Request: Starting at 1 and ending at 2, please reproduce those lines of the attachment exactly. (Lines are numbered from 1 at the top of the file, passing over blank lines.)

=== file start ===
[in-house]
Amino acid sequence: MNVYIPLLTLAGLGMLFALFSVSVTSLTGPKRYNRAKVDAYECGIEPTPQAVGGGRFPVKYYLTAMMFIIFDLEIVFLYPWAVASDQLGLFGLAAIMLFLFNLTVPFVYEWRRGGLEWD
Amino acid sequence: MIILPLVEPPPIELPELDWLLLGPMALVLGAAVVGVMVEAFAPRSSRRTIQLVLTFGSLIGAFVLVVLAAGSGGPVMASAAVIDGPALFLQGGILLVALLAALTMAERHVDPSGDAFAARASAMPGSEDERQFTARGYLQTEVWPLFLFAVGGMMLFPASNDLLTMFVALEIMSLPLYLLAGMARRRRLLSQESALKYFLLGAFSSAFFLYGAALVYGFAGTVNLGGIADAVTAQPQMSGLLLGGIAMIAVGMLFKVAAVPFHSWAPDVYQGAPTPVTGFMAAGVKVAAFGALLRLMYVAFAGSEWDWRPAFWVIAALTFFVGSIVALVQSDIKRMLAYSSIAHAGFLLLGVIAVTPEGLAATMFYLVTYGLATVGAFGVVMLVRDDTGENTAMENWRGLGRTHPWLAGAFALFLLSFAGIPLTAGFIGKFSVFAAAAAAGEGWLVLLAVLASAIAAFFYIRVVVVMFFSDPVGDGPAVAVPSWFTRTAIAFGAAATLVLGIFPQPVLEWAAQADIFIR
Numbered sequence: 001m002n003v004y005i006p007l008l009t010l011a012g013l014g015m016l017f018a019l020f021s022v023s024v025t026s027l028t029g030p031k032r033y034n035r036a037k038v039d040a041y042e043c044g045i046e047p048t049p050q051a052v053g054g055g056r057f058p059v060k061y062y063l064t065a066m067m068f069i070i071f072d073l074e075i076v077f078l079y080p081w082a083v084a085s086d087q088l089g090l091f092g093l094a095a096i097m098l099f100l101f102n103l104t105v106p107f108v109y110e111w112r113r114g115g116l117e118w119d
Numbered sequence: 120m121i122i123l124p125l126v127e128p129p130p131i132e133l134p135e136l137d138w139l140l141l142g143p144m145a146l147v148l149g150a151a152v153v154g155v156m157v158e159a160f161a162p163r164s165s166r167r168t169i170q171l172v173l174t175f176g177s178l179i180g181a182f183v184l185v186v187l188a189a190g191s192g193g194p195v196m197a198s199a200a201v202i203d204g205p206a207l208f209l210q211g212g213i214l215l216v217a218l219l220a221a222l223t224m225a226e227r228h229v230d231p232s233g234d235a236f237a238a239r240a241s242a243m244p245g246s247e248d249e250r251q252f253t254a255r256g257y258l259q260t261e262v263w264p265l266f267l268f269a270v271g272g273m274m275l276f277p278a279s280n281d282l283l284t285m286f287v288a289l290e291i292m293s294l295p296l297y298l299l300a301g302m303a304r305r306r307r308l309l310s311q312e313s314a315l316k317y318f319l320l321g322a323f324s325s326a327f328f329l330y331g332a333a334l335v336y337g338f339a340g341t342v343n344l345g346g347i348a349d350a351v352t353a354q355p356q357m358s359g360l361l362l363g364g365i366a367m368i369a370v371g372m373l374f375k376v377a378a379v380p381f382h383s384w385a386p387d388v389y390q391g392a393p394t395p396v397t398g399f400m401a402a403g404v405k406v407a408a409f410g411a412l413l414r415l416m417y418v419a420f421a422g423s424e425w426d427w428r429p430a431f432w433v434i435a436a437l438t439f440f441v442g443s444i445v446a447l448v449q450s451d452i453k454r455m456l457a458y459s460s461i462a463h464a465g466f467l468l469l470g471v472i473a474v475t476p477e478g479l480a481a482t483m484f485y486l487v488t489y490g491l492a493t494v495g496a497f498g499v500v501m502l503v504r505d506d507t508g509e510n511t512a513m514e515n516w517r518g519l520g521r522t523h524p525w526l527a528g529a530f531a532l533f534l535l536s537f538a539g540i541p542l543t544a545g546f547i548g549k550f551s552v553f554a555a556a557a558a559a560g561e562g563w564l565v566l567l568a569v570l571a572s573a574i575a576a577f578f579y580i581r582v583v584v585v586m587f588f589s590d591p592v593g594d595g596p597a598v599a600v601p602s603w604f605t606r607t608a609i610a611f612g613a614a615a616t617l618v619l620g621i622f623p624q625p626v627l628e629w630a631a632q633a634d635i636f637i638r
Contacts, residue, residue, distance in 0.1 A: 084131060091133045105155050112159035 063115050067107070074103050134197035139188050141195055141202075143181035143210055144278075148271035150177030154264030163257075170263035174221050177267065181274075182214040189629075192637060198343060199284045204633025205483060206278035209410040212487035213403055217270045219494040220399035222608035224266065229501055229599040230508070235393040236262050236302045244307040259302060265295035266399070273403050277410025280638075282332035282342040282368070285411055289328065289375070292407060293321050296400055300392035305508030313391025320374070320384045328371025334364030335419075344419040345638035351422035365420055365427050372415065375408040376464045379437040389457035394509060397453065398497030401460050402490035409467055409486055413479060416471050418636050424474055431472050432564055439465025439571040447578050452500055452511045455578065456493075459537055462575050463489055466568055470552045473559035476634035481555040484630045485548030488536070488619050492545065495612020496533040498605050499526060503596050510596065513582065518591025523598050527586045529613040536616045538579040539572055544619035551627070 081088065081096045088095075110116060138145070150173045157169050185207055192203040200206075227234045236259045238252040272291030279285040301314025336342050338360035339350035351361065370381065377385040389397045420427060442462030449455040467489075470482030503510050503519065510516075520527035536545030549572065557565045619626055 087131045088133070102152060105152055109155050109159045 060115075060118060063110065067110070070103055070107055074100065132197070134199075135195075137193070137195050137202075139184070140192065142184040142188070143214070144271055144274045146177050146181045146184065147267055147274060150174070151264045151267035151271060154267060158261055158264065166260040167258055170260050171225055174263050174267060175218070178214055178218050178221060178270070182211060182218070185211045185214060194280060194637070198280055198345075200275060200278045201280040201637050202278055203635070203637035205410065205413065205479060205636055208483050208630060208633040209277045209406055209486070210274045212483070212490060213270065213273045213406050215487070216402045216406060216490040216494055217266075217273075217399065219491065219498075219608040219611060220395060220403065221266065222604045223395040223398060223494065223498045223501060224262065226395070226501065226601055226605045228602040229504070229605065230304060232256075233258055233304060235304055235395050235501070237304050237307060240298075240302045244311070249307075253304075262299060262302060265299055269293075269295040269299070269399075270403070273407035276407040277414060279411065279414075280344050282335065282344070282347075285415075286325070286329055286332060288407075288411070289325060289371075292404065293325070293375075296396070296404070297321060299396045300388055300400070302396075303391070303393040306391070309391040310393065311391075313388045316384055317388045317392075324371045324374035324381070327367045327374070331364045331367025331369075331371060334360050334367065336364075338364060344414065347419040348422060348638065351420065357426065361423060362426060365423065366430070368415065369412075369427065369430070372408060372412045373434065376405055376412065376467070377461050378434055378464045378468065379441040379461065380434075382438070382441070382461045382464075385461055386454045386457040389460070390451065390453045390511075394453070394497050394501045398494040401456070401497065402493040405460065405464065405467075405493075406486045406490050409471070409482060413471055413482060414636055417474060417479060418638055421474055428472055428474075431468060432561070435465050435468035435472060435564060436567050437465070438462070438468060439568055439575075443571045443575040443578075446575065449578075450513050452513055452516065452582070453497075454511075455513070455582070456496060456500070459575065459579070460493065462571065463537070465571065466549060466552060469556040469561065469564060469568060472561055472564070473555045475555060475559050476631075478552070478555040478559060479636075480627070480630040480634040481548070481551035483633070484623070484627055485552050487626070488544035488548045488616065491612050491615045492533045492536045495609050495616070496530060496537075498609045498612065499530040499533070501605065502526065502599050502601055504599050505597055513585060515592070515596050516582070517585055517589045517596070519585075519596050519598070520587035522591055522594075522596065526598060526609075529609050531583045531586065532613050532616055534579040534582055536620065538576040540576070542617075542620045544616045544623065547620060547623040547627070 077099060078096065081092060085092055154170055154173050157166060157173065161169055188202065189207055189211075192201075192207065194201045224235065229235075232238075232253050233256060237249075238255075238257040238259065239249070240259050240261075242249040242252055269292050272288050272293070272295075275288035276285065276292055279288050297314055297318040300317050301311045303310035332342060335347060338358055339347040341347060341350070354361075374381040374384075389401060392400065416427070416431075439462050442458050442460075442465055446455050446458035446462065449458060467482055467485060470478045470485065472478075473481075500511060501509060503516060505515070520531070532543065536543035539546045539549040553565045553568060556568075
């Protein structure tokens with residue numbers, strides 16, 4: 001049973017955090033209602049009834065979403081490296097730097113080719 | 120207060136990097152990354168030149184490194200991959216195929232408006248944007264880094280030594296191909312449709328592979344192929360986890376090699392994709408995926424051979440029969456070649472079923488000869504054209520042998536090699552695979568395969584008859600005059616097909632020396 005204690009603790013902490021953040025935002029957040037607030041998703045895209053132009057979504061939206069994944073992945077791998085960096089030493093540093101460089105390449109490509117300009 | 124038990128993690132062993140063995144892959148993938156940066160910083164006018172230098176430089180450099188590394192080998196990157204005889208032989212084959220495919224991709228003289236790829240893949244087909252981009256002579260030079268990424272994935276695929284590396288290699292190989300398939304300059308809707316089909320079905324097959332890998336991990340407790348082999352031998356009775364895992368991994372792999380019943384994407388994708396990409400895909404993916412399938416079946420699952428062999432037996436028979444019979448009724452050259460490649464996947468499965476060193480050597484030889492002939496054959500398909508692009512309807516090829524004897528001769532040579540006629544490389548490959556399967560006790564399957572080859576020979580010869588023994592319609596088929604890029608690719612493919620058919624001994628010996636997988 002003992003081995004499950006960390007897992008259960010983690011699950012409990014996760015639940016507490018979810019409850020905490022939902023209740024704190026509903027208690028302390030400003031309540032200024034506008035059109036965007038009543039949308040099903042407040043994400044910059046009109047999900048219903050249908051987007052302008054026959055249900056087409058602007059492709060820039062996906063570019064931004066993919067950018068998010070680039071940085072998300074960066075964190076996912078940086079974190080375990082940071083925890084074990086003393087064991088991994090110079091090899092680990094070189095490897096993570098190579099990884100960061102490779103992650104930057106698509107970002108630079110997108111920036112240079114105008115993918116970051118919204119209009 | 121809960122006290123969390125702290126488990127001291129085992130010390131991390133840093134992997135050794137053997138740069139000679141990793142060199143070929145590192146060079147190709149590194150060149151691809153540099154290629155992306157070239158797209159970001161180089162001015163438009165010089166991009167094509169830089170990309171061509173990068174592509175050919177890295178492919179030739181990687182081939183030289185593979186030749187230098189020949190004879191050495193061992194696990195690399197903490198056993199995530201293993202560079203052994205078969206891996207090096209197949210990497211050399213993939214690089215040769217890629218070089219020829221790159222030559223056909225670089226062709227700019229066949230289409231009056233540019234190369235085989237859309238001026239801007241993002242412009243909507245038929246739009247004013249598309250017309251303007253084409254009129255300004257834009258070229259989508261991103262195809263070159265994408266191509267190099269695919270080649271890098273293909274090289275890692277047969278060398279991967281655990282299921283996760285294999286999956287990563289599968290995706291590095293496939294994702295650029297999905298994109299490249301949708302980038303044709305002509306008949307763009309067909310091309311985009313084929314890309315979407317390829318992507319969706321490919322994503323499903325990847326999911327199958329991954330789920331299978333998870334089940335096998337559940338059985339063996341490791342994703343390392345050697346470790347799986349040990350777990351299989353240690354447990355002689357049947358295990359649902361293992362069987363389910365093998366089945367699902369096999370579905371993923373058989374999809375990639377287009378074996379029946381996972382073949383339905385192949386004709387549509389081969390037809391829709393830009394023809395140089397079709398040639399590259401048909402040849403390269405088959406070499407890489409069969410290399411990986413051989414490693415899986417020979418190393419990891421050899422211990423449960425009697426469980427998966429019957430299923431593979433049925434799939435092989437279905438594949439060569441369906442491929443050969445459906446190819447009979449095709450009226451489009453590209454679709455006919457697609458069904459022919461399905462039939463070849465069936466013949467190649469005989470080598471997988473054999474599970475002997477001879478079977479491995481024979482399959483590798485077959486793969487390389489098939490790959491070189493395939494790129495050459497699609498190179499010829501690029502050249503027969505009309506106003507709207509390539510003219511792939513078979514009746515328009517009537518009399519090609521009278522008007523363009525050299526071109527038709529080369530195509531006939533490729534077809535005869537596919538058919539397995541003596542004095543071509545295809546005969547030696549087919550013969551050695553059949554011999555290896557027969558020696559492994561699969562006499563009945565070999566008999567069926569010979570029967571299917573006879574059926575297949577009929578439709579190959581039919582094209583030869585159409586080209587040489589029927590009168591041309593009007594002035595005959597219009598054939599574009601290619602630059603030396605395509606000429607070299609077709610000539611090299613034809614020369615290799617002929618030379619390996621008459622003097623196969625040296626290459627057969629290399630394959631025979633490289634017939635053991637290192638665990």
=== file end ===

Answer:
[in-house]
Amino acid sequence: MNVYIPLLTLAGLGMLFALFSVSVTSLTGPKRYNRAKVDAYECGIEPTPQAVGGGRFPVKYYLTAMMFIIFDLEIVFLYPWAVASDQLGLFGLAAIMLFLFNLTVPFVYEWRRGGLEWD